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Edited by Jan Peil and Irene van Staveren
Chapter 63: Amartya Sen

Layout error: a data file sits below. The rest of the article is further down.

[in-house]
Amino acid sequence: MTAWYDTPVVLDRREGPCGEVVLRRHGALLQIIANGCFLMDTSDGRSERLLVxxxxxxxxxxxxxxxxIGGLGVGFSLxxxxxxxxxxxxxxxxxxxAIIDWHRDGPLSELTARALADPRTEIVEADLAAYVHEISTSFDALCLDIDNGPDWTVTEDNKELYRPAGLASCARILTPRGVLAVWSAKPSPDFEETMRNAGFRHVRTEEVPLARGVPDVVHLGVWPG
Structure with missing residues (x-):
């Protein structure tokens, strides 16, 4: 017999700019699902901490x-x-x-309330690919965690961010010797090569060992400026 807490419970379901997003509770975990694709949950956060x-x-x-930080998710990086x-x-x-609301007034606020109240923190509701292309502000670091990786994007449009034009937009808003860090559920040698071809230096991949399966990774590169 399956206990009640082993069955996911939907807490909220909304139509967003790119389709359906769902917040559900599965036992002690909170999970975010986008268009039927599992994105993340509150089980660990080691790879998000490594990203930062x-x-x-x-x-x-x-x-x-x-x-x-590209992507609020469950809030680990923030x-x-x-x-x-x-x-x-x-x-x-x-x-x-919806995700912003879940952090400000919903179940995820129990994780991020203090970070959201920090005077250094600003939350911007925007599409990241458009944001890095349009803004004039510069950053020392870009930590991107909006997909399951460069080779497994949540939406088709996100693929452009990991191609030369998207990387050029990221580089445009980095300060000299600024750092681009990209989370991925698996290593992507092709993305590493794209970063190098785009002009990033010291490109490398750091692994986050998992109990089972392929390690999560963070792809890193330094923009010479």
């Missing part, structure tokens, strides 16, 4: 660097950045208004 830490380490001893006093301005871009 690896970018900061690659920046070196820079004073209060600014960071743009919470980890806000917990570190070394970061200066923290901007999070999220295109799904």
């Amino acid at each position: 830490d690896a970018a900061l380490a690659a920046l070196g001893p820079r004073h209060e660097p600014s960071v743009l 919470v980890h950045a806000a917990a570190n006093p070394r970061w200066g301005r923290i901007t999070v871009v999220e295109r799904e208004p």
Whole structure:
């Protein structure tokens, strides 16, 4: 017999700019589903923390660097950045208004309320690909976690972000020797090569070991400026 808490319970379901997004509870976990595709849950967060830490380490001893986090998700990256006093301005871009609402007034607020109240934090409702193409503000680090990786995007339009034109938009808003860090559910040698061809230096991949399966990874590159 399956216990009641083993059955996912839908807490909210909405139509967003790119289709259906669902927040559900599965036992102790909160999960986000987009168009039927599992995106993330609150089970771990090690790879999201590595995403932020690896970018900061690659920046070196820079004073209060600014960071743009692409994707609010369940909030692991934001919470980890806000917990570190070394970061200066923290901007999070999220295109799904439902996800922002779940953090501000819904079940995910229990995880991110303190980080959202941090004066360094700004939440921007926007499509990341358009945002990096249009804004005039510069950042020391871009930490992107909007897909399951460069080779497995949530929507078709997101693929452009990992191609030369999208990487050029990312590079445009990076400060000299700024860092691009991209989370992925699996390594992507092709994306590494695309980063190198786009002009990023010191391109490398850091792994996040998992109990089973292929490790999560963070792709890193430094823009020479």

Sabina Alkire The writings of Amartya Sen (b. 1933) trace and draw attention to many interconnections between ethics and economics. Indeed, they have done much to reshape this intersection. Sen spent much of his childhood in Santineketan, Bengal. He studied economics first at Presidency College Calcutta and subsequently at Trinity College Cambridge, where he was awarded a Prize Fellowship. He has taught at Jadavpur University Calcutta, the Delhi School of Economics, the London School of Economics, the University of Oxford, where he became the Drummond Professor of Political Economy and Fellow of All Souls College, Trinity College Cambridge, where he served as Master from 1998–2003, and Harvard University, where he is the Lamont University Professor and Professor of Economics and Philosophy. In 1998 Sen was awarded the Alfred Nobel Prize in Economic Sciences for his contributions in three areas of welfare economics: social choice, welfare distributions and poverty. As of September 2008, Sen had published 25 books and over 370 articles. In the Royer lectures, later published under the title Ethics and Economics, Sen observes that modern economics began in part as a branch of ethics, as suggested by Adam Smith’s position as professor of moral philosophy at the University of Glasgow. Sen observes two origins of economics: ethics and engineering. Economics’ ethical fastenings address motivation (how one should live) and social achievement (the human good). Engineering techniques, which now dominate economics, shed light on the interdependence between important variables. Sen argues that a better balance needs to be...
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